Wednesday, July 13

Wednesday, July 13, 2011...Being Caught Up Is Rather Nice To Say The Least...

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We are finally caught up with the farm stuff. We are now awaiting the contractor, which will be doing the drainage job around the barn. In the meantime, we are taking advantage of doing regular chores, like feeding, watering, mowing, etc., etc. We can jump in the car and go to do something anytime we take a fancy...or something comes up.....Just like REGULAR PEOPLE!
We finally got into the pool last night at 10:30 PM and boy...was the water ever warm. We swam around with the dogs circling the pool as we swam, with Casey Mae coming in one time; just to let us know she could still swim.
We finished the fencing around the brooding house and turned the birds loose; both the meat birds and the Araucanas which will be our laying birds. They will not have to be separated until we start feeding the high protein meat bird feed, but it will then be time to introduce the new layers into the big barn population anyway. They will be young pullets, just learning chicken culture for another several months before starting to produce eggs for us in late January sometime. Until then, they will simply be an eating...pooping machine.
The fence turned out quite nicely...with a perimeter of approximately 75 to 100 linear feet, around the outside...more than enough for them to range around and eat ants, bugs and greens to grow healthy before processing, making them superior table fare for our customers.
Yesterday, our friend Isabelle, whom we asked to watch or preferably find another Suri for us, came over to visit. She brought an idea for a table-top, yarn swift for me to look at and measure up. I will be making some type of a yarn swift, fiber combs and possibly other fiber/spinning appliances to be sold in our farm store, at the farmers market and on-line. Before looking at the yarn swift model she brought, she wanted to talk to us about our alpacas and inform us that she found not one, but two beautiful Suri’s that a friend wanted to get rid of in an effort to reduce his large herd to a more manageable size.
We were elated to see the paperwork & pictures of a redhead and a pure white pair of males that will be delivered soon! Isabelle is such a great friend...going with us almost every Friday to Vermont and northern New York, when we go for product...sharing the day talking and laughing as we go. She understands our love of the farm and the alpacas...not as a money making entity, but for the love of caring for them and having them close to us...mooing...softly as the browse grass in the back yard, contentedly knowing they are safe with us, as we care for them. Isabelle is not only helping us to achieve this peaceful solitude for ourselves, but for herself every time she visits us and she also finds satisfaction in helping us to expand the she remembers doing the same herself, years ago. Our care takers for these inquisitive, docile creatures is the rich fiber they render to us each year at shearing time. If we can endure the cost of feeding throughout the winter, shearing costs, cleaning and processing of the fiber and the cost of dying, spinning and producing a finished yarn or piece of clothing as a finished product...then it was all worth it! It is an expensive endeavor, unlike the peek through the rose colored glasses of many alpaca breeders. There was a pyramid effect which gripped the industry early on....setting higher than normal prices for these previously mentioned exotics, recently renamed as livestock by the 2008 Federal Farm Bill. Now the bottom has all but fallen out of that market and breeders are no longer selling animals...getting anything for their fiber and cannot afford to process fiber from massive herds of...usually over 45 animals. They are being swallowed up by rising costs and no income. Only the oldest of breeders made their killing in the big money market...selling animals at the high prices with promises to buyers that alpaca breeding was the way to go. Now, they are finally trying desperately, to create and expand a fiber market to get rid of the product of their animals.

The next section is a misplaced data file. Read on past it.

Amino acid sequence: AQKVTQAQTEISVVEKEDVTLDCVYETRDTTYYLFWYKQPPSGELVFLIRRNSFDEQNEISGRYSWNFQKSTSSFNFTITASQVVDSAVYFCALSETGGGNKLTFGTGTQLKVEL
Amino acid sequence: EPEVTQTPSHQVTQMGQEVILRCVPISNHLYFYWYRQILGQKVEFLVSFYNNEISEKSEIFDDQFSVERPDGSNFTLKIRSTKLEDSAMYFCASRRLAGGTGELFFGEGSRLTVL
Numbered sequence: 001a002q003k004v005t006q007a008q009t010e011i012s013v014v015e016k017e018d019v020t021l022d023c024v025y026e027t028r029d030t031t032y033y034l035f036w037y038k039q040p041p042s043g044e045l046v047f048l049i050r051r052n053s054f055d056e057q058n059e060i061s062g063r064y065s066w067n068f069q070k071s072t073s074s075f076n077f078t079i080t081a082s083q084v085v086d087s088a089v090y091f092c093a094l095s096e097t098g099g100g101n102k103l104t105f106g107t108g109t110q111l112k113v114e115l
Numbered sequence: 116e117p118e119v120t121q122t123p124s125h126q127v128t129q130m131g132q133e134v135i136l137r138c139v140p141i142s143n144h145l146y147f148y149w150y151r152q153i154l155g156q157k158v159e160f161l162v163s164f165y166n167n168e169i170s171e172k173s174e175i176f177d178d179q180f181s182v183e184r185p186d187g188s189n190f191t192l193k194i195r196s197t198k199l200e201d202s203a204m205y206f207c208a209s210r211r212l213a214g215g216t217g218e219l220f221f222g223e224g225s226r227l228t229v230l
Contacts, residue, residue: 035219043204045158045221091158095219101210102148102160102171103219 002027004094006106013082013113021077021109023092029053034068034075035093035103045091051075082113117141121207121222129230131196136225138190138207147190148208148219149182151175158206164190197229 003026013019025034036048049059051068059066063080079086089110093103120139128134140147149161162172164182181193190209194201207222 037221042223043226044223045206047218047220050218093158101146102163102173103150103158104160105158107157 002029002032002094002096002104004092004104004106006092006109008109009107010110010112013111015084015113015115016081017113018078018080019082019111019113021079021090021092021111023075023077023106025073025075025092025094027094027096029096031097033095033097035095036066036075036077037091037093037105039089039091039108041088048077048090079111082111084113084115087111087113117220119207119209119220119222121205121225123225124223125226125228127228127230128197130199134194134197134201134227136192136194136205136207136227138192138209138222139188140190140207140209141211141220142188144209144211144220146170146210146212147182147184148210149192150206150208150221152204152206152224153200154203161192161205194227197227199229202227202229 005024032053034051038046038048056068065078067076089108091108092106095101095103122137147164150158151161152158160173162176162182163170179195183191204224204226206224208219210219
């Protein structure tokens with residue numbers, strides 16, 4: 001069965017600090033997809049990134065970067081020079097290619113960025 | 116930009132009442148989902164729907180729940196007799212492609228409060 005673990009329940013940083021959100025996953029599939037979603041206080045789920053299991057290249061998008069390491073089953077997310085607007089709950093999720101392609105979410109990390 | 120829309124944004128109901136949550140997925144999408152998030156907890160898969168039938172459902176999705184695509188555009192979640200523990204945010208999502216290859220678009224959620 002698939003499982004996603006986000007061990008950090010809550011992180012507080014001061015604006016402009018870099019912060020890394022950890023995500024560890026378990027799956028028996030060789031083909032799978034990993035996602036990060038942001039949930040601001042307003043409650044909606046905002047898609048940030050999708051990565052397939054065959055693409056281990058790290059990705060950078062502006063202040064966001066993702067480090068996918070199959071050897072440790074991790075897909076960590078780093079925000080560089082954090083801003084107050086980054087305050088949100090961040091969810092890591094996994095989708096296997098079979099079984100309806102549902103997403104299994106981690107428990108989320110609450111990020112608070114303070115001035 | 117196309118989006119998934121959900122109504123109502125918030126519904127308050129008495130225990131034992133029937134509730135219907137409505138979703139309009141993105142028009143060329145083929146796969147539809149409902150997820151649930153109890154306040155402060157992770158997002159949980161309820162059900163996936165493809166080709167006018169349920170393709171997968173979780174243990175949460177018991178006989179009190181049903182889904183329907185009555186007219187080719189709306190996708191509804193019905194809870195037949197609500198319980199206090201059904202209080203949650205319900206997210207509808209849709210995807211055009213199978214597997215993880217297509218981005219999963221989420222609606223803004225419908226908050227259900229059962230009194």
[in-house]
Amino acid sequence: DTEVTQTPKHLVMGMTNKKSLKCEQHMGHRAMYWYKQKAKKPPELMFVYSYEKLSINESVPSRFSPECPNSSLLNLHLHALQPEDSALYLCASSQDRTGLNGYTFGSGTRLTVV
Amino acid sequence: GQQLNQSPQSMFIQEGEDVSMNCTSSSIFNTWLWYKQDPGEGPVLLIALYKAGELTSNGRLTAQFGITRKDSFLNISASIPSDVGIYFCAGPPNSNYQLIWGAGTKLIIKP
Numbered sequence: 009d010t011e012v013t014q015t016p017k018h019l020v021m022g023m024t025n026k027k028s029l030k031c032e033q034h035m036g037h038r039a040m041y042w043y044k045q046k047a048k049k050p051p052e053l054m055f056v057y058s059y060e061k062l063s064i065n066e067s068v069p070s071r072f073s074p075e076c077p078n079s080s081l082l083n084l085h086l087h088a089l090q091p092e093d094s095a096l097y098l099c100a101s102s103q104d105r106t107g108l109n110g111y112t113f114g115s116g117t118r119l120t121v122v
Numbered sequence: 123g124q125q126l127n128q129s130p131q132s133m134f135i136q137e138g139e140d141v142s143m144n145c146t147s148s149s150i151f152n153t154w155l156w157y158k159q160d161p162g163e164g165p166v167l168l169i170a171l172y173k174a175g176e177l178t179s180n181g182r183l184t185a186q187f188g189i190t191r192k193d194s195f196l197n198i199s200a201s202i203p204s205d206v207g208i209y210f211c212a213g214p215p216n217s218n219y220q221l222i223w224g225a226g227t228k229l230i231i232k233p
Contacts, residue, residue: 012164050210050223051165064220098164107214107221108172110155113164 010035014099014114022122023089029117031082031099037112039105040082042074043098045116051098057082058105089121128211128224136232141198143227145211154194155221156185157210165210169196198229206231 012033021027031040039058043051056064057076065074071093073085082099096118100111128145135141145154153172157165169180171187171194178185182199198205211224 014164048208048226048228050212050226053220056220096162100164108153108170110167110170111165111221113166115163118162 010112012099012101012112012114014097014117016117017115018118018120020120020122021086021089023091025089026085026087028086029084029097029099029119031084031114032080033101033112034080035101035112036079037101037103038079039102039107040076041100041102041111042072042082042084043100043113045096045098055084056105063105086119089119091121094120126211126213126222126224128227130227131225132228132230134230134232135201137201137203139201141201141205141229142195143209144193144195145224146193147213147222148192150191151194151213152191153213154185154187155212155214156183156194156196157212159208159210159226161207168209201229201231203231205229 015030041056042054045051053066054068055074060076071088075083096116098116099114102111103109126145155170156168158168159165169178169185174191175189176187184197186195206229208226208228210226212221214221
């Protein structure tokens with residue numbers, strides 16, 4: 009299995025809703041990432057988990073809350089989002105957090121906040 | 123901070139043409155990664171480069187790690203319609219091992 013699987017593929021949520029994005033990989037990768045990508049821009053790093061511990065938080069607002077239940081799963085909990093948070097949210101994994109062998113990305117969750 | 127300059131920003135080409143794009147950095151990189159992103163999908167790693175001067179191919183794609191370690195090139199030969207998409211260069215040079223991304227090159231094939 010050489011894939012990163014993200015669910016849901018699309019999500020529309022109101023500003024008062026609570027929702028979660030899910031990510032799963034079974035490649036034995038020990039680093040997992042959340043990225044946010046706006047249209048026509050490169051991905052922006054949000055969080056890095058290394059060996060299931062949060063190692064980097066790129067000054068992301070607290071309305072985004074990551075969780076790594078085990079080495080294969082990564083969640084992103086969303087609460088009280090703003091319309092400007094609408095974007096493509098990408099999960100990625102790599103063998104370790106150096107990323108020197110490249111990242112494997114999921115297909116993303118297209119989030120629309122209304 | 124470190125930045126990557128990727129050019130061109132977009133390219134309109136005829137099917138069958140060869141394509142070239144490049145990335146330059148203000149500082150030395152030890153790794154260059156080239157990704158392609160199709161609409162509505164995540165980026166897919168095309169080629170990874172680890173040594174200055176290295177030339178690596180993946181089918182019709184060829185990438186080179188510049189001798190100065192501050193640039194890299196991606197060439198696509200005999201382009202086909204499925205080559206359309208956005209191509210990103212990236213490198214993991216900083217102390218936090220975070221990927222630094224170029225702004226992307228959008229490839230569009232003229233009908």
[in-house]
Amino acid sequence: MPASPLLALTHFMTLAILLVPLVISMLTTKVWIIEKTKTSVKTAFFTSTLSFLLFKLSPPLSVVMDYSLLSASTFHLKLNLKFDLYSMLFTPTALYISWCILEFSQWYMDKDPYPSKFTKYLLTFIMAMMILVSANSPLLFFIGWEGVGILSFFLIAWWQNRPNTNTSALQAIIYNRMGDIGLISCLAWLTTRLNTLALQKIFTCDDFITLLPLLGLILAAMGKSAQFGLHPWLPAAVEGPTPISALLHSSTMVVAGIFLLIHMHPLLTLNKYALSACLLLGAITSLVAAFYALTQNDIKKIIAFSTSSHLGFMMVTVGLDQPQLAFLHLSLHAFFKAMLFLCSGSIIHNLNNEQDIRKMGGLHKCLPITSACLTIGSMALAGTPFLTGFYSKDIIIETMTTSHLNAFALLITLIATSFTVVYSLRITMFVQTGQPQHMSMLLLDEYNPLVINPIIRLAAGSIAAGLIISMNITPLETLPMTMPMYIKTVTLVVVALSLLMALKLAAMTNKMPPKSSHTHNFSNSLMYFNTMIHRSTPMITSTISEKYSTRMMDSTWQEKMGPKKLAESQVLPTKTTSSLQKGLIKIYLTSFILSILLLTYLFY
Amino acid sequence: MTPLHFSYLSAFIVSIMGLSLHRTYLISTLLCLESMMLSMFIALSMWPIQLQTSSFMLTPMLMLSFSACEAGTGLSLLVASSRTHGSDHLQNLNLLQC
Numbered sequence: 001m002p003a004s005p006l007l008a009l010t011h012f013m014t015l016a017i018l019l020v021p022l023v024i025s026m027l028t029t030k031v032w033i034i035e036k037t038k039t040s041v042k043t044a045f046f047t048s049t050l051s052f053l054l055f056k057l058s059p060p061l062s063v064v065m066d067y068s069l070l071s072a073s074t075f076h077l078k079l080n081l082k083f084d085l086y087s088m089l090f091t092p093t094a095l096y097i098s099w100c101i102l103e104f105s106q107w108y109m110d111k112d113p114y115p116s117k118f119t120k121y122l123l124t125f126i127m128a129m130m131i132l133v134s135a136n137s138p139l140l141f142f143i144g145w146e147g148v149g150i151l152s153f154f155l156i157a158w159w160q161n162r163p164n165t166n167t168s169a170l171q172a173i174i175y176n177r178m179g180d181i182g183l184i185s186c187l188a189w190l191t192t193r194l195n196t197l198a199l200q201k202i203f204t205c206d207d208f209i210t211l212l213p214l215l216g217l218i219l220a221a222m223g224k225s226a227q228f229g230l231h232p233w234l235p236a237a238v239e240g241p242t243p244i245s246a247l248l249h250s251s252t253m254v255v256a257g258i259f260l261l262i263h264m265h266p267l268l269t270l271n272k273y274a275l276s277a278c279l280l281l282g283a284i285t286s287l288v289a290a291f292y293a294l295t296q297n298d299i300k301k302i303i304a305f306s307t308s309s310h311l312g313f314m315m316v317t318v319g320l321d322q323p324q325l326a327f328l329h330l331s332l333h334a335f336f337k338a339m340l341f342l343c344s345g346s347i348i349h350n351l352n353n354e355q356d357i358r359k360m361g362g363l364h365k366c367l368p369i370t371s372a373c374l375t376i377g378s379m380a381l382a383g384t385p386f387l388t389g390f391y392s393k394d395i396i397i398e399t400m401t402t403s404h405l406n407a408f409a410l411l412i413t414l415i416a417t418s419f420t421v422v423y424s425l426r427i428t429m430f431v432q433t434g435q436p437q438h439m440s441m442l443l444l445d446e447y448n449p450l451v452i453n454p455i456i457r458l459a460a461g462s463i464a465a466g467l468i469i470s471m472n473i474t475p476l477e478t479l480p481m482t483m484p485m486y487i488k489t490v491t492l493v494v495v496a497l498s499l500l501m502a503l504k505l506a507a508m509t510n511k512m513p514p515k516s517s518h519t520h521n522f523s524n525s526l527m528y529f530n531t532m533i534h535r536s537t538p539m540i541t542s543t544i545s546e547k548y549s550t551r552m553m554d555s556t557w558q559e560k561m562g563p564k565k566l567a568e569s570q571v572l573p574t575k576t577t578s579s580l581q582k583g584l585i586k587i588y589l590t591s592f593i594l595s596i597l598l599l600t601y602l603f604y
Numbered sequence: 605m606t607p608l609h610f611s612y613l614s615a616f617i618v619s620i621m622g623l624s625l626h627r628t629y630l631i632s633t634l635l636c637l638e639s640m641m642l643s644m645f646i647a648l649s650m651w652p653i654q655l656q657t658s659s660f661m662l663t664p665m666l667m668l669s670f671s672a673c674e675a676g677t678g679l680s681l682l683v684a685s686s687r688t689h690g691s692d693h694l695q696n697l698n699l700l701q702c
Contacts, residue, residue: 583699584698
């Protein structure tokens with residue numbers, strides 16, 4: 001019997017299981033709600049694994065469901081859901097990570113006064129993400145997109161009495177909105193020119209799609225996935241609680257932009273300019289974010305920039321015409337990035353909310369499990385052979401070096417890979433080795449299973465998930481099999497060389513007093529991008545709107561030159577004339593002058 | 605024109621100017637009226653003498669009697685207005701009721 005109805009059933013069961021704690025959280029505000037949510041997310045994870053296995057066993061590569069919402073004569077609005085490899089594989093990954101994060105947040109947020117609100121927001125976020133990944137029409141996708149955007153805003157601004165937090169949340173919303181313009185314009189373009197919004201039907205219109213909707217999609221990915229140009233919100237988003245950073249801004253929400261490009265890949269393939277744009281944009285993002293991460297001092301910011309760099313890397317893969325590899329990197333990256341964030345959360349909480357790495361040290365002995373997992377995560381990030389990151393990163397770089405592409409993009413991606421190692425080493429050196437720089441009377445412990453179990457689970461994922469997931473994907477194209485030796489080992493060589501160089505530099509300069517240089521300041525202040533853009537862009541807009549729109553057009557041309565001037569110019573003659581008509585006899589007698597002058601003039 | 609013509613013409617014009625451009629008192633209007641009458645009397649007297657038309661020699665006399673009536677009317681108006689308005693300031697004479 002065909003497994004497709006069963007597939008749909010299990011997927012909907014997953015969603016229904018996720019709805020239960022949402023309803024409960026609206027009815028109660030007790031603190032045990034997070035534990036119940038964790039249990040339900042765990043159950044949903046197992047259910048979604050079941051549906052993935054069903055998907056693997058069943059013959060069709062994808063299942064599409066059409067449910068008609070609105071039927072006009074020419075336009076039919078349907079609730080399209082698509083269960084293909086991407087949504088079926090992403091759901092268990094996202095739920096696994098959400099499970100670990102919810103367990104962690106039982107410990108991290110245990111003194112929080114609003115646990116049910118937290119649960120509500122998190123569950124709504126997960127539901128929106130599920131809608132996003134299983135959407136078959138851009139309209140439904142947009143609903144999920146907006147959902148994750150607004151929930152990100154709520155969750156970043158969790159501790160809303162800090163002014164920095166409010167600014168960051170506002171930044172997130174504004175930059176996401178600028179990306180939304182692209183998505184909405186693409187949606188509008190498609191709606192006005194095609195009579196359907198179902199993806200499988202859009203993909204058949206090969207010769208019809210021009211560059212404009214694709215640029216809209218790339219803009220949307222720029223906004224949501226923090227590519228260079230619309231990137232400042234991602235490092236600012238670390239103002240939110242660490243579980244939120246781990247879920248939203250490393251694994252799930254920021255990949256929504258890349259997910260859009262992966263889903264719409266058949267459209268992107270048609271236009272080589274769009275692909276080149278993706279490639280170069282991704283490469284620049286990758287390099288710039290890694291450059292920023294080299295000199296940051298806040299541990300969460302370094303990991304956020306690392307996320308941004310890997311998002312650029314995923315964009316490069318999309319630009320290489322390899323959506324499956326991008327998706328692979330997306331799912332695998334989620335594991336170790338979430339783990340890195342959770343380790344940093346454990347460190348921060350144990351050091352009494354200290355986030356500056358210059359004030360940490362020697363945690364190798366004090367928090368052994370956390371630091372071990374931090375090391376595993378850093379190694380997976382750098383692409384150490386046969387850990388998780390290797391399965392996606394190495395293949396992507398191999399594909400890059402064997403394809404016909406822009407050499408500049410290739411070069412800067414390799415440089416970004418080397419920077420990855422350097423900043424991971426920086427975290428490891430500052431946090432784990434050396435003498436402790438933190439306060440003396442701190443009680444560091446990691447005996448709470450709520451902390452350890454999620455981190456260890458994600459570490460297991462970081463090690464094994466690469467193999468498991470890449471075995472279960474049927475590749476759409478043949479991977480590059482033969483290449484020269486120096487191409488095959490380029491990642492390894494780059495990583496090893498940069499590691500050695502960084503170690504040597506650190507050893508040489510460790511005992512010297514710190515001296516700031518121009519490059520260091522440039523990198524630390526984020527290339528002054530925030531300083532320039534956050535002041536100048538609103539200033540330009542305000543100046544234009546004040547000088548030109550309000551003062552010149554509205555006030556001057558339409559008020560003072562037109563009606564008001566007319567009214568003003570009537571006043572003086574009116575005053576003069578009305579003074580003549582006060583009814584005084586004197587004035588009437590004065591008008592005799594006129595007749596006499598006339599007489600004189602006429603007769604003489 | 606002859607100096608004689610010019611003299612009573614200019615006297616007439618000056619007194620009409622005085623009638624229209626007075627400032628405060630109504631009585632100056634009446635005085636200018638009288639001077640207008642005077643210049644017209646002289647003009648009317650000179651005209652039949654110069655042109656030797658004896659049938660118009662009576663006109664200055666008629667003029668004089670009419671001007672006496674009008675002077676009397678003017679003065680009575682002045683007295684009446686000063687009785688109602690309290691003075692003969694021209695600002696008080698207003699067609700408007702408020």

Alpaca fiber will be a major market someday soon, but until then, we must learn to survive.

040867 Cluckin' "A" Critter Farm, LLC

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